“Recycle”/”Kitar semula”… in the last 15 years or so, we have become familiar with these words popping up everywhere.
In recent times, different coloured bins for plastics, paper and aluminium have started appearing at shopping malls, while larger containers for recycled goods have been put up in certain housing estates. Why? Because recycling and environmental consciousness has become a way of life in many countries, and Malaysia has been influenced by these developments.
We are used to be environmental friendly
It’s interesting to think about the past, that is, a time before recycling became a global fad. In the old days, no one had ever heard of this slogan. But in those days, Malaysians were natural recyclers. No catchy slogans or advertisements were needed. In the pre-consumerism era, it was quite simple – people only consumed what they needed. There was no over-consumption. People grew much of their own food and reared their own livestock. There were no electronic gadgets to be discarded when a “new” model came out. People shopped at the local market or pasar malam and their goods purchased were mostly wrapped in newspaper. Plastic as a form of packaging was not that common. Each household only generated a small amount of waste, most of it biodegradable.
Today, sadly, the amount of garbage generated per household is huge. This garbage ends up in massive landfills out of which mountains of non-biodegradable plastic bags arise. The liquid residue from these landfills enters into the groundwater and pollutes the environment.
Fortunately, eco-consciousness is growing in Malaysia, and a whole new multi-million ringgit industry has sprung up around it in the form of newsprint recycling, moulded-pulp packaging, e-waste mining, reconditioning of batteries and others.
How can You Get Started
All of us would like to be part of the solution to the problem of excess waste. But what if I told you, you could earn some cash in the process? Wouldn’t just be a win-win? Here are a couple of easy tips to get you started.
First, go through every room in your home, and make a list of items you no longer need. Next, do some research first, to come up with a plan of what you can recycle, and how. Newspapers, the internet and advertisements/signboards posted up in neighbourhoods, can provide a wealth of information.
The usual items which can be recycled are old newspapers, tins, glass bottles, aluminium cans, boxes and plastic containers. However, it should not be assumed that other items cannot be recycled. It all depends on where you plan to take your items to be recycled.
Old Newspaper Man
Malaysians are familiar with the ubiquitous Old Newspaper Man driving through housing estates in a small van. His request for old newspapers is broadcasted via loudspeaker in a variety of languages, sometimes accompanied by the tooting of a musical horn. He will take your old newspapers from your doorstep in return for a small sum. Today’s Old Newspaper Man can also collect glass bottles, cans and other items as well, in addition to old newspapers.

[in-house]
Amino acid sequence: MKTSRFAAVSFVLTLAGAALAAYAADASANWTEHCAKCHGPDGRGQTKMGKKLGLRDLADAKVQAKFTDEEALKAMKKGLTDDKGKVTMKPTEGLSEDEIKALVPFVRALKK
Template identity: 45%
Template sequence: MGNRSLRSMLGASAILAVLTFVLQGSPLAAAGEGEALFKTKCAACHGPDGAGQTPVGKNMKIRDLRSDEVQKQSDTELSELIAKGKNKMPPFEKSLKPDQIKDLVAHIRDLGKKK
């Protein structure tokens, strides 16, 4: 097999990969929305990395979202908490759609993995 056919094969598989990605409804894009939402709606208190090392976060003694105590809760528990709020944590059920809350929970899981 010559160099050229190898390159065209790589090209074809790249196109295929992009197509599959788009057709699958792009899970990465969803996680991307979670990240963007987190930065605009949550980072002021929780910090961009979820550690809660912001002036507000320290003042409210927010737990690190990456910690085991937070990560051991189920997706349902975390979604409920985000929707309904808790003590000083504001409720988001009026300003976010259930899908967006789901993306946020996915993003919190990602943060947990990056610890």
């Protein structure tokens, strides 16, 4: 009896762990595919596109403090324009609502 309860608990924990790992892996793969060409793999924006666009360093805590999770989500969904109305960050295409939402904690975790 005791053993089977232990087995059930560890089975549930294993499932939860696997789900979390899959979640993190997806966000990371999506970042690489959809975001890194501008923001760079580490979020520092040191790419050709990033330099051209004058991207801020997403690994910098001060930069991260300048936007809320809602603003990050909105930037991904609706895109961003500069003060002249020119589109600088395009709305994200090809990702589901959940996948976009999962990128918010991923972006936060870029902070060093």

IPC Recycling Centre
You could also try taking the items to a recycling centre, yourself. For example, IPC Recycling Centre (www.ipc.com.my) will take newspapers, books and magazines, cardboard, tins, metal and aluminium cans and plastic bottles. OK, when it comes to recycling these kinds of items, we’ll need to be realistic, the amount of cash that can be generated from recycling, is certainly not likely to help you retire early or anything like that! ? We are talking about very, very miniscule sums here. On a per sale basis, depending on weight, you are usually looking at much less than RM 10. Plastic fetches the least, while aluminium cans attract the most, in terms of price.
Alternatively, you could take your recyclable items to Cash Converters (www.cashconvertersasia.com). According to its website, they will take items such as TV’s, Hi Fi, electrical appliances, computers, sporting goods, musical equipment, clothes, books and magazines. Once a price is agreed, they will pay you the cash for the items. Cash Converters has 8 stores in Malaysia, 6 of which are located in the Klang Valley, in Taman Sea, Ampang, Klang, Sunway, Shah Alam, Selayang and Setapak.
For pre-loved IT products such as monitors, printers, old laptops and notebooks as well as electronic equipment including TVs, try Computer Cycle Holdings Sdn Bhd (www.computercycle.com.my). According to their website, the company offers a collection service. While their overall target market appears to be companies, individuals are also mentioned. There seem to be two transaction methods – either a buyback option, where the company pays cash for the equipment you give them, or the exchange method, whereby they trade in the used item and a new one can be purchased through them, on a rebate model.
The benefits of recycling
Recycling as an activity may not be lucrative per se, but once incorporated into your way of life, can bring additional benefits beyond the small sums of cash. Money is not everything. Recycling activities can be a rewarding and fulfilling project for the whole family – giving everyone a chance to collaborate and work together towards becoming more responsible citizen of your neighbourhood, community, city, country and planet. Even the small sums earned in the form of payment for recycled goods, could be collected, saved up and ultimately donated to a charity of your choice.
Ultimately, while there is some minimal cash-generating potential involved, the feel-good factor and collateral benefit of making recycling a part of your life, is worth much more than cash.
Do you recycle? And is there any recycling method you practise? Share with us in the comment section.